In reply to an earlier post on 21 Feb 2013 14:37:22 GMT
C. A. Small says:
Spin- does your wife exist and be shown to do so? If yes, go away and try and think why she may be different to a god.

In reply to an earlier post on 21 Feb 2013 14:40:05 GMT
J. Forbes says:
She must be divine to put up with what she has to.

In reply to an earlier post on 21 Feb 2013 14:42:19 GMT
Spin says:
G: As you are an atheist, how do you know there is a difference between a faith in deity and a faith in ones family? Further, ones present faith in someone or something has nothing to do with a future loss of faith.

In reply to an earlier post on 21 Feb 2013 14:44:06 GMT
Spin says:
CA: My point concerns "Faith", not existence. Think about it.

In reply to an earlier post on 21 Feb 2013 14:44:43 GMT
Dan Fante says:
A deity may exist but its existence isn't tangible in the way a loved one's is. There, that was easy.

In reply to an earlier post on 21 Feb 2013 14:46:12 GMT
Spin says:
DAn: In what way is faith in a persons loved ones "Tangible"?

In reply to an earlier post on 21 Feb 2013 14:48:03 GMT
"My point concerns "Faith", not existence. Think about it."

The cornerstone of faith in a deity is faith that it exists at all. If you didn't have faith in it's existence anything added on top of that is rather redundant.

In reply to an earlier post on 21 Feb 2013 14:51:08 GMT
Dan Fante says:
It isn't and I never said it was. The person is tangible though, whereas the deity is not. So, whilst in both cases the faith itself is not tangible, in one instance the faith is in a tangible thing whereas in the other it isn't. There's the difference between the two, which is what you asked for. Again, very easy.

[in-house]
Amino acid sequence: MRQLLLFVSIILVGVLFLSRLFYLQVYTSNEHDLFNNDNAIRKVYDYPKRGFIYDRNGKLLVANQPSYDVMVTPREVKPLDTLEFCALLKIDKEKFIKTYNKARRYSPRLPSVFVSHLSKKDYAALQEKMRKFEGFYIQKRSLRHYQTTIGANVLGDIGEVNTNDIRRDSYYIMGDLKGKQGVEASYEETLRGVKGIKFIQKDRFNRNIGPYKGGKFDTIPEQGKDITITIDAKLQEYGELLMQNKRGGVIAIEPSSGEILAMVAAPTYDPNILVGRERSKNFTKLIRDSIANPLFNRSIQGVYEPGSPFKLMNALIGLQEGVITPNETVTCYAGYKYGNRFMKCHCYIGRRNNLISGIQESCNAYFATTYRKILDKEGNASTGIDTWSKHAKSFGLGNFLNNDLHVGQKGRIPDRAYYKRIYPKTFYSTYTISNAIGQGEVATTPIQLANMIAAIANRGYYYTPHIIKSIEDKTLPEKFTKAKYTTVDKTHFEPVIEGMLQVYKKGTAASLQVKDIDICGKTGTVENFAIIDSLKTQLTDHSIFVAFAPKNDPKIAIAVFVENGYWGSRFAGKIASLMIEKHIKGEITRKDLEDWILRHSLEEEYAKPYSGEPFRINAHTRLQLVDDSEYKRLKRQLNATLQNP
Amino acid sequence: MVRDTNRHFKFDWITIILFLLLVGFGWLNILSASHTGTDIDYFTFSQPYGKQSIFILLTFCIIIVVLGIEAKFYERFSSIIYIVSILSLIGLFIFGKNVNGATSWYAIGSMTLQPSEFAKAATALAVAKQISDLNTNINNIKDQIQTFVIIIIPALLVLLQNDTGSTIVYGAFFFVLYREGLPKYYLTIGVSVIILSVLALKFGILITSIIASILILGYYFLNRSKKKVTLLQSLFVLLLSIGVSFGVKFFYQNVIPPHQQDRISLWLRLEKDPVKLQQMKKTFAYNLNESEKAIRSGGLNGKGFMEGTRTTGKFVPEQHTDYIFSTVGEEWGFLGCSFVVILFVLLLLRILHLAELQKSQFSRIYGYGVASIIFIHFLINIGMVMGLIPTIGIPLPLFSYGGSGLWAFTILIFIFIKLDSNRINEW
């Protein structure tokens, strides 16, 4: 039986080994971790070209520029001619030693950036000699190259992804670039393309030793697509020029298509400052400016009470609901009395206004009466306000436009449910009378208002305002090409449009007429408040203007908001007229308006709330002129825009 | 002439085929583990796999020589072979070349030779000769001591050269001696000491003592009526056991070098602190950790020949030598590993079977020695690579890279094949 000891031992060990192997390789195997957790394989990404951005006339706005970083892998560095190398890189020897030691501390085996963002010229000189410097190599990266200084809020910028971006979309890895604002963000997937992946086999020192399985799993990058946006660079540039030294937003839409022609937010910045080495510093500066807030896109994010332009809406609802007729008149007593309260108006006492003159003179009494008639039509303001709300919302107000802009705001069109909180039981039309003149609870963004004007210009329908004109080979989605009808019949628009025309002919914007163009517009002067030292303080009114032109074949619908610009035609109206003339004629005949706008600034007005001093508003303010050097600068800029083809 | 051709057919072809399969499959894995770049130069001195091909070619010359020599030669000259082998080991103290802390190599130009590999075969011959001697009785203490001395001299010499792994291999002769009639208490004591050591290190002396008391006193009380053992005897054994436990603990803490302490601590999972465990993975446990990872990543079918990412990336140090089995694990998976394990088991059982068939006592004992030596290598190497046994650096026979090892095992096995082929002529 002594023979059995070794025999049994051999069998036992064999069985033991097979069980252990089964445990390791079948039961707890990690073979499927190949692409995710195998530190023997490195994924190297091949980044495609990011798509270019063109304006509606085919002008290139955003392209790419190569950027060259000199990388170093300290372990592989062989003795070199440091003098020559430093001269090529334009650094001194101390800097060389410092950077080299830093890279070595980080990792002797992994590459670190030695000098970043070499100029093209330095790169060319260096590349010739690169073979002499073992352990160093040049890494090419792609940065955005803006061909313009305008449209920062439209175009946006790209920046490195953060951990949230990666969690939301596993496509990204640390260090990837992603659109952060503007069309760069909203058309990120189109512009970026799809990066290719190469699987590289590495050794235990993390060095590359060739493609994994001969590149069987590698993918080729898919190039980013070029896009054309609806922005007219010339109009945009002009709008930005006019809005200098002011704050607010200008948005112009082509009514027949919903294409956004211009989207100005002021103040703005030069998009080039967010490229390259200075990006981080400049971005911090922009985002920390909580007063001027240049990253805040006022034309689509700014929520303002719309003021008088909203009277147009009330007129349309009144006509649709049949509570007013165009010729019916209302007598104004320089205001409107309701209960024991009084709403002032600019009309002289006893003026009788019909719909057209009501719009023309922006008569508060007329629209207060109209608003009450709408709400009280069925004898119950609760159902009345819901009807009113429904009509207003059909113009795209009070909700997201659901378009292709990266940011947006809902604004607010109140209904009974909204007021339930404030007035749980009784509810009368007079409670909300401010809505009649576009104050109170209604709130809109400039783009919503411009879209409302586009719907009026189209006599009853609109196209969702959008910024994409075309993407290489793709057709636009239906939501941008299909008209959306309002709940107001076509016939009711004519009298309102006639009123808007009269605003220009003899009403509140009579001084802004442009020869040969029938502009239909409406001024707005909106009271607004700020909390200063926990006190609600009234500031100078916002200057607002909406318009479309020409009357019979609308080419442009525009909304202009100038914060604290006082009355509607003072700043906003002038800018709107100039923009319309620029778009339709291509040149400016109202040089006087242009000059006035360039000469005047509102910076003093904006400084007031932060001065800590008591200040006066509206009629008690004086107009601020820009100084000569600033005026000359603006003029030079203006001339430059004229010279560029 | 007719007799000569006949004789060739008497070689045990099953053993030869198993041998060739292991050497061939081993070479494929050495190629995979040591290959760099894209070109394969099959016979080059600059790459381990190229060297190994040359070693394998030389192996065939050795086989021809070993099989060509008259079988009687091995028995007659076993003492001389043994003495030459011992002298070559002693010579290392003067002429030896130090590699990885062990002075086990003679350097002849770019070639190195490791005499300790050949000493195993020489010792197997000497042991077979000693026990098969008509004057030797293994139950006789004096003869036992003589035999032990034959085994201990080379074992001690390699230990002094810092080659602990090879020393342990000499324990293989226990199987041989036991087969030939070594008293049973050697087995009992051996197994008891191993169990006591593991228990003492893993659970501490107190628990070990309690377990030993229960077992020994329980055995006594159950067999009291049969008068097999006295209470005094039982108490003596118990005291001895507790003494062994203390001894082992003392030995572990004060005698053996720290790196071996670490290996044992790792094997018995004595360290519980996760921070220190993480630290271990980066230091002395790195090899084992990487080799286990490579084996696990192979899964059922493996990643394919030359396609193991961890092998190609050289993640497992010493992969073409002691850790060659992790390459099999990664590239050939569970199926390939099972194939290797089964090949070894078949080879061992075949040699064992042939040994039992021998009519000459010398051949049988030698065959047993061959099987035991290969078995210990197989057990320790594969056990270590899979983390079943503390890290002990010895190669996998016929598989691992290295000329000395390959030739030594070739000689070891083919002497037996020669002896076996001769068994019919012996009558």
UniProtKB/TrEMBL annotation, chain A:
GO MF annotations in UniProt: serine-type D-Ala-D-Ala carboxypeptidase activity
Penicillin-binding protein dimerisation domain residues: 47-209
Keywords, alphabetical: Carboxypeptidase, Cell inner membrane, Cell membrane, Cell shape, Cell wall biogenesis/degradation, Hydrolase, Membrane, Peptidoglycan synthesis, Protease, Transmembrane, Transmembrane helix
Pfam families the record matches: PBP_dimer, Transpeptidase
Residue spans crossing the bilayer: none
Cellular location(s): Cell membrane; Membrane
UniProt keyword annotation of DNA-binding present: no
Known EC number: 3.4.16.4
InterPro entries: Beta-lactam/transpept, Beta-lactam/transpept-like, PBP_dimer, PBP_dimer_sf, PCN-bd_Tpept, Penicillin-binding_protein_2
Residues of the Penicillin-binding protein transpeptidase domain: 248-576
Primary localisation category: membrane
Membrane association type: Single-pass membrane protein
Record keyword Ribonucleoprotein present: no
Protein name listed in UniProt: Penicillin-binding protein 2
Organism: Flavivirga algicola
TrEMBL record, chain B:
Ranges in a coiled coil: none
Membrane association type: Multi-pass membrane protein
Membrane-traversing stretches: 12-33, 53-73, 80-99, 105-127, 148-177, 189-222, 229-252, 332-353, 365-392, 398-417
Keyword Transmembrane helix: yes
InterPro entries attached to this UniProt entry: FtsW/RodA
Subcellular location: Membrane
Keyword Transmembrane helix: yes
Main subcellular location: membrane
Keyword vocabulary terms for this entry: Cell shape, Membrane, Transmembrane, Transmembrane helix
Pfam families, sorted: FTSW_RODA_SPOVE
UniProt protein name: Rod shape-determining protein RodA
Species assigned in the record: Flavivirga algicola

In reply to an earlier post on 21 Feb 2013 14:55:35 GMT
G. Heron says:
Spin

"Further, ones present faith in someone or something has nothing to do with a future loss of faith. "

Exactly, there is no guarantee that your faith reflects reality.

In reply to an earlier post on 21 Feb 2013 15:00:54 GMT
Spin says:
Sweet: No. Theists do not claim God "exists" in the manner you define existence. Does "love" exist? Does "Love" have a physical reality that you can point to and say "THAT is Love"?

In reply to an earlier post on 21 Feb 2013 15:01:39 GMT
Spin says:
G: But it is no less real.

In reply to an earlier post on 21 Feb 2013 15:07:42 GMT
"Theists do not claim God "exists" in the manner you define existence. Does "love" exist? Does "Love" have a physical reality that you can point to and say "THAT is Love"?"